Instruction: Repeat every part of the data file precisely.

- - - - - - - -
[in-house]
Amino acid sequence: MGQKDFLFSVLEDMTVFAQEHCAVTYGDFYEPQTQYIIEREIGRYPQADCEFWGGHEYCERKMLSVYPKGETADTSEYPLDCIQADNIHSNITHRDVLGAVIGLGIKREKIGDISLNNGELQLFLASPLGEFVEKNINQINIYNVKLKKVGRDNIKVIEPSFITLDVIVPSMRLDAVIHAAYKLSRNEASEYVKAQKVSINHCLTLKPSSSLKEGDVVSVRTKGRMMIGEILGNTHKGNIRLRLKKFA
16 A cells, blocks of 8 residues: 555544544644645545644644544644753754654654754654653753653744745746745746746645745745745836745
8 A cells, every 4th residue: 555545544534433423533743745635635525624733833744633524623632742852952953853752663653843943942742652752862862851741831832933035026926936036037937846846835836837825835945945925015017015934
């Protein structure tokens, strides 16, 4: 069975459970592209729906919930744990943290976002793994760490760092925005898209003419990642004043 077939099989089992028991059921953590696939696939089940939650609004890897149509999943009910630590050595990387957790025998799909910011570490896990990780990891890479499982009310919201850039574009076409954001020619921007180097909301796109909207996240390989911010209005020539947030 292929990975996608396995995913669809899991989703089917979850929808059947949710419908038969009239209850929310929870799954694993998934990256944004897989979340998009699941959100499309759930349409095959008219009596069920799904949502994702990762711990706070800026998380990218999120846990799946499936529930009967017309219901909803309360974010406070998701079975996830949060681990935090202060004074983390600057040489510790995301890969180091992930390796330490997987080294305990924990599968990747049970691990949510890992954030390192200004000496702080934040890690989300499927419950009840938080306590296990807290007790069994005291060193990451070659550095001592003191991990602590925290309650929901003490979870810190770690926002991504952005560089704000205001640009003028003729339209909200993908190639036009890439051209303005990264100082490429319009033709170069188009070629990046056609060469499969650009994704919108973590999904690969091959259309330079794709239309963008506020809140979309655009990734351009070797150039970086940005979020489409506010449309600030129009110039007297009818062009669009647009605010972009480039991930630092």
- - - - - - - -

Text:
[in-house]
Amino acid sequence: MGQKDFLFSVLEDMTVFAQEHCAVTYGDFYEPQTQYIIEREIGRYPQADCEFWGGHEYCERKMLSVYPKGETADTSEYPLDCIQADNIHSNITHRDVLGAVIGLGIKREKIGDISLNNGELQLFLASPLGEFVEKNINQINIYNVKLKKVGRDNIKVIEPSFITLDVIVPSMRLDAVIHAAYKLSRNEASEYVKAQKVSINHCLTLKPSSSLKEGDVVSVRTKGRMMIGEILGNTHKGNIRLRLKKFA
16 A cells, blocks of 8 residues: 555544544644645545644644544644753754654654754654653753653744745746745746746645745745745836745
8 A cells, every 4th residue: 555545544534433423533743745635635525624733833744633524623632742852952953853752663653843943942742652752862862851741831832933035026926936036037937846846835836837825835945945925015017015934
């Protein structure tokens, strides 16, 4: 069975459970592209729906919930744990943290976002793994760490760092925005898209003419990642004043 077939099989089992028991059921953590696939696939089940939650609004890897149509999943009910630590050595990387957790025998799909910011570490896990990780990891890479499982009310919201850039574009076409954001020619921007180097909301796109909207996240390989911010209005020539947030 292929990975996608396995995913669809899991989703089917979850929808059947949710419908038969009239209850929310929870799954694993998934990256944004897989979340998009699941959100499309759930349409095959008219009596069920799904949502994702990762711990706070800026998380990218999120846990799946499936529930009967017309219901909803309360974010406070998701079975996830949060681990935090202060004074983390600057040489510790995301890969180091992930390796330490997987080294305990924990599968990747049970691990949510890992954030390192200004000496702080934040890690989300499927419950009840938080306590296990807290007790069994005291060193990451070659550095001592003191991990602590925290309650929901003490979870810190770690926002991504952005560089704000205001640009003028003729339209909200993908190639036009890439051209303005990264100082490429319009033709170069188009070629990046056609060469499969650009994704919108973590999904690969091959259309330079794709239309963008506020809140979309655009990734351009070797150039970086940005979020489409506010449309600030129009110039007297009818062009669009647009605010972009480039991930630092």